Not too long ago I bristled when I overheard a colleague tell a salesperson that it’s never a good sign when a company buys back their own stock. Upon reflection, I was more likely stuck on the use of the word “never” (a trigger word that “always” gets to me) than the negative ramifications of buybacks. In addition, after several months of doing business alignment reviews, I’ve observed company after company report in their 10-Ks that they are taking a substantive portion of the US corporate tax gain as fuel for share repurchases. Needless to say, I’ve come around to my colleague’s point of view.
Have these corporations lost their collective vision for strategic growth initiatives and innovation? Or are we, the enterprise sales community, failing to develop compelling business cases that point to technology ROI and long-term shareholder value that justifies such investments? (more…)
Simple is better—Best Practices from the Software Industry
“Simplicity is the ultimate sophistication.” Leonardo da Vinci
“Making the complex simple” is a promise built into the ethos of companies in just about every industry and business imaginable. What are these companies trying to tell us?
Oracle taught me the benefit of making the complex simple some 20 years ago through their successful vendor financing program. Oracle Financing had many Fortune 500 clients, who absolutely did not need “financing” from Oracle, however, these clients routinely used Oracle payment plans to enable their transactions. Why? Because they were simple. (more…)
We’ve all heard or even say in jest “Have I got a deal for you” with a wink and a smirk. In today’s commoditized and competitive environment, most of us are conditioned to compare raw product prices instantaneously on the internet, from high-end technology products, to designer clothing and shoes, to toothpaste and tissue paper.
We often default to focusing on discounts right off the bat when we talk to our clients about our product and services because it seems to be the key priority for the customer and a short cut to a quick close.
How many times have you thought you had nabbed the deal of the day, complete with the lowest price and 5-star ratings, only to find that what you got when you open the box does not resemble anything you saw in the little picture, the pieces don’t fit together, or the product does not work as advertised.
Ultimately, as intelligent buyers, we should be looking for “value,” of which price is only one of the components. (more…)
In retrospect, as a result of working in tandem with many enterprise software vendors (large & small, private & public) across a tenure of more than twenty years, I have found certain unmissable similarities among my clients. These trends, whether intentional or unintentional, can have a direct effect on bottom line results and specifically on an organization’s ability to be effective. Often it takes the perspective of an outsider or third party consultant to point out such trends that sometimes become corporate culture. I find that a company’s ability to quickly identify which trends are accretive to corporate goals as well as trending activities that can break down effectiveness often can be the difference between success and complacency.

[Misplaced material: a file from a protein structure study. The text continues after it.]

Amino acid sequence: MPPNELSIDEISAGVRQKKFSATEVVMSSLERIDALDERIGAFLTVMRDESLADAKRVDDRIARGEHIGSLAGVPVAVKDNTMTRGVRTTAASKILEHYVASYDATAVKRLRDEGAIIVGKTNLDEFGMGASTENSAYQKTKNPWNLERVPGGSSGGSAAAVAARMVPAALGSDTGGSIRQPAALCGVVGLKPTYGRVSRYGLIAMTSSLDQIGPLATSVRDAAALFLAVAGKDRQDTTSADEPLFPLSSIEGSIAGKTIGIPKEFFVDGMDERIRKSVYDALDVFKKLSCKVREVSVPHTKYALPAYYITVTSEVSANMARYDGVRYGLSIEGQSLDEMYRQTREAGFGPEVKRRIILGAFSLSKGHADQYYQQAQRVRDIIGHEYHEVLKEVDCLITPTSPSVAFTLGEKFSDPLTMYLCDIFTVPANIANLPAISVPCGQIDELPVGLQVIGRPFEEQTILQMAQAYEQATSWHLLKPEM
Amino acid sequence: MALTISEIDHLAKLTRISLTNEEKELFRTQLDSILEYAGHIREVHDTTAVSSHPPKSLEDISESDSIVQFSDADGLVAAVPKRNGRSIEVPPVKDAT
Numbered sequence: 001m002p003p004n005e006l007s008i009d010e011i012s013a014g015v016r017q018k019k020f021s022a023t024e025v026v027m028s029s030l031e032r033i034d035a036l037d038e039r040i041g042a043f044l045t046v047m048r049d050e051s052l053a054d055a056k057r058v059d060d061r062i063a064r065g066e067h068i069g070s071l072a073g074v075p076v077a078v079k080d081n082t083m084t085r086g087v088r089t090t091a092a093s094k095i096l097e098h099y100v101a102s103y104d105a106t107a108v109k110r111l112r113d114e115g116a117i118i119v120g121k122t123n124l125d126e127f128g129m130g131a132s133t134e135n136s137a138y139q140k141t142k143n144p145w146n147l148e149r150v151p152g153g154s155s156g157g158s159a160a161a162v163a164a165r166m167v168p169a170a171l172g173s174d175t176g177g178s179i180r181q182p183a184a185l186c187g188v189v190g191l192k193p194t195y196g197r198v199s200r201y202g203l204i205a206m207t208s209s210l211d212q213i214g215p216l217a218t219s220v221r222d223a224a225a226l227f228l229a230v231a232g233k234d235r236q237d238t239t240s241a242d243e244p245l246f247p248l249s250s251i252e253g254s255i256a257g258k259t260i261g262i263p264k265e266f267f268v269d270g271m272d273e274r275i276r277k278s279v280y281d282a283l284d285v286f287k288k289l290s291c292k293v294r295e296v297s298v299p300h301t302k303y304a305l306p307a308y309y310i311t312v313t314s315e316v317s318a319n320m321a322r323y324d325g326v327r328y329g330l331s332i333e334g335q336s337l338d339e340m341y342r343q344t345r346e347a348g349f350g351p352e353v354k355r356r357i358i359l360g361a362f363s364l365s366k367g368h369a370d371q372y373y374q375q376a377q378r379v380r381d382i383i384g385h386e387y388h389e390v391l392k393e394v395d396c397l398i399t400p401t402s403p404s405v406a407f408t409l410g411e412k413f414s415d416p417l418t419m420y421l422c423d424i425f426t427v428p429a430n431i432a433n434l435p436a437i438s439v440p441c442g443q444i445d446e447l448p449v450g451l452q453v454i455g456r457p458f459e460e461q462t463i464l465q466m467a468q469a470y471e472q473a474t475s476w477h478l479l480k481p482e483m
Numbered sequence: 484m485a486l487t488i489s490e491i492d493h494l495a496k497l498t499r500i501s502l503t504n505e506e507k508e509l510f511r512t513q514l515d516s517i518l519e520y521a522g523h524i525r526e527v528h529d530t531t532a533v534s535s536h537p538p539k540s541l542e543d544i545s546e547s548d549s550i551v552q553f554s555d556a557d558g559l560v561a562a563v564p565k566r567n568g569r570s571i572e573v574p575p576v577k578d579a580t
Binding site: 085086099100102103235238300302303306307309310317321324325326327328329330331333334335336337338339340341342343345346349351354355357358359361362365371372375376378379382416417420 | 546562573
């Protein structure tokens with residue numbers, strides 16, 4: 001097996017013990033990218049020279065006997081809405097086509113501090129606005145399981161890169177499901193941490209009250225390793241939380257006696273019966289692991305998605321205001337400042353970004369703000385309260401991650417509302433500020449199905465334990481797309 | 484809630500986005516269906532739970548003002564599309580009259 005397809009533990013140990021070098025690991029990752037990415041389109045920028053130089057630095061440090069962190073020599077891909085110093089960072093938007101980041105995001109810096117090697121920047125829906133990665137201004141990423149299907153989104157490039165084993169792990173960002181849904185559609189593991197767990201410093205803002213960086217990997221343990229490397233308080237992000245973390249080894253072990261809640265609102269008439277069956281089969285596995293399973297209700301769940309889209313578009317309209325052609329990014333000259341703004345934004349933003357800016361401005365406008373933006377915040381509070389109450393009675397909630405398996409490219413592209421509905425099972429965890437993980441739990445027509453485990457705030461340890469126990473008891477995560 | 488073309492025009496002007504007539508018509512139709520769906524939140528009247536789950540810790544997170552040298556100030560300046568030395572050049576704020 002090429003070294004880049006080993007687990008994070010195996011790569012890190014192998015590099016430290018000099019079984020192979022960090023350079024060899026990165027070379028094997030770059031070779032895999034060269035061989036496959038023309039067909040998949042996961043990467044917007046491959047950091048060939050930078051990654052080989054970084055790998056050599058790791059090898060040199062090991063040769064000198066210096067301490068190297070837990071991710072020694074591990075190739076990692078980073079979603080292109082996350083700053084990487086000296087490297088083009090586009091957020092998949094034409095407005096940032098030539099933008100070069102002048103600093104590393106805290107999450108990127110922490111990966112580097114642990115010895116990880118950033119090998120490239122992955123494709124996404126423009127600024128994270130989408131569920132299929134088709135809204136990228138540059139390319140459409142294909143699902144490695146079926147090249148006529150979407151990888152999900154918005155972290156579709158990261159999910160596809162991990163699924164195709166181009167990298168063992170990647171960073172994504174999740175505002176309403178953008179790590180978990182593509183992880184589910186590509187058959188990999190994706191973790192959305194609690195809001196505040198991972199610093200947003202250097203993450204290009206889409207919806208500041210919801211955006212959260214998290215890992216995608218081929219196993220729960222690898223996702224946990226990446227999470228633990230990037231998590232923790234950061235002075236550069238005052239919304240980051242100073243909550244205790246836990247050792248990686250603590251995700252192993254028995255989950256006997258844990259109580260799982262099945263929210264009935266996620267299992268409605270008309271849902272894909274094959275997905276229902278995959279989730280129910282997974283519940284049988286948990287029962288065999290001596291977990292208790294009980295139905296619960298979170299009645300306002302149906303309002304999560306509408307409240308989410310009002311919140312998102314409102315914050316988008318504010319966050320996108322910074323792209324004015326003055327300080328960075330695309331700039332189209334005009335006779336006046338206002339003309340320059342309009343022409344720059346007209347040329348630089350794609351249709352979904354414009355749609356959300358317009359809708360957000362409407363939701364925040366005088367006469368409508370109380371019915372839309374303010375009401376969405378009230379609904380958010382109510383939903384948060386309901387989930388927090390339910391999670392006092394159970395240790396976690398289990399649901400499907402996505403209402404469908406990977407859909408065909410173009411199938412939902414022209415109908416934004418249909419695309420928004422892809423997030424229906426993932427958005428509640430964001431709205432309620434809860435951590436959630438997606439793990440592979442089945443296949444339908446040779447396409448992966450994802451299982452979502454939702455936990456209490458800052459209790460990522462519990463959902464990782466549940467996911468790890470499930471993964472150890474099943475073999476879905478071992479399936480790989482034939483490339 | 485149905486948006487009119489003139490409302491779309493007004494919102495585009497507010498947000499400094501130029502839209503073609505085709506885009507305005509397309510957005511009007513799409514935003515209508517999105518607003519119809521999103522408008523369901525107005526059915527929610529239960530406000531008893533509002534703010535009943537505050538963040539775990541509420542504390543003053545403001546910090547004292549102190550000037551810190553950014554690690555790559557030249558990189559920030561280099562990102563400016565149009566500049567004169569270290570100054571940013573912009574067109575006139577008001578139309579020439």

For example, how does a silo mentality affect an organization’s ability to execute in a sales capacity? (more…)
On a recent tour of Alcatraz, I learned the story of the famous Alcatraz escapee, Frank Morris. Despite all odds and having limited resources, he and two others managed to escape the island and were never seen again. In some ways, the story of his research, planning and determination reminded me of a good account manager. Veteran sales reps know that focused research and thorough planning are critical to executing a professional proposal.
This can be a time consuming but exciting step–determine what is important to your customer. Do you know your customer’s business initiatives? Do you know how your customer’s sales are trending? Have you read the CEO’s Letter to the Shareholders? You should!
How many of us have lost a deal and felt this way? You spent months working on the deal and didn’t get it. You felt like the time you poured into the negotiation should account for something, right? WRONG!
I recently was on a business trip. I was traveling with two women who also work in financial sales.
One of our group members, we will call her Mary, was knee deep in a transaction. She still needed several items from her client including a statement from his accountant and a credit card number for the bank appraisal fee. Mary thought the deal was in the bag. She was already counting her commission dollars. Thursday, Friday and Saturday she spoke to the customer reminding him repeatedly of the documents she needed; however, he was dragging his feet.
On Sunday night Mary received a call from her client. While on speakerphone, she rattled off the information she needed to submit his application. By this time, we all knew what he needed to send. The client interrupted her and said “STOP.” Now, Felicia and I knew from experience what was about to happen. Mary’s client told her he was going with another lender who already approved him. (more…)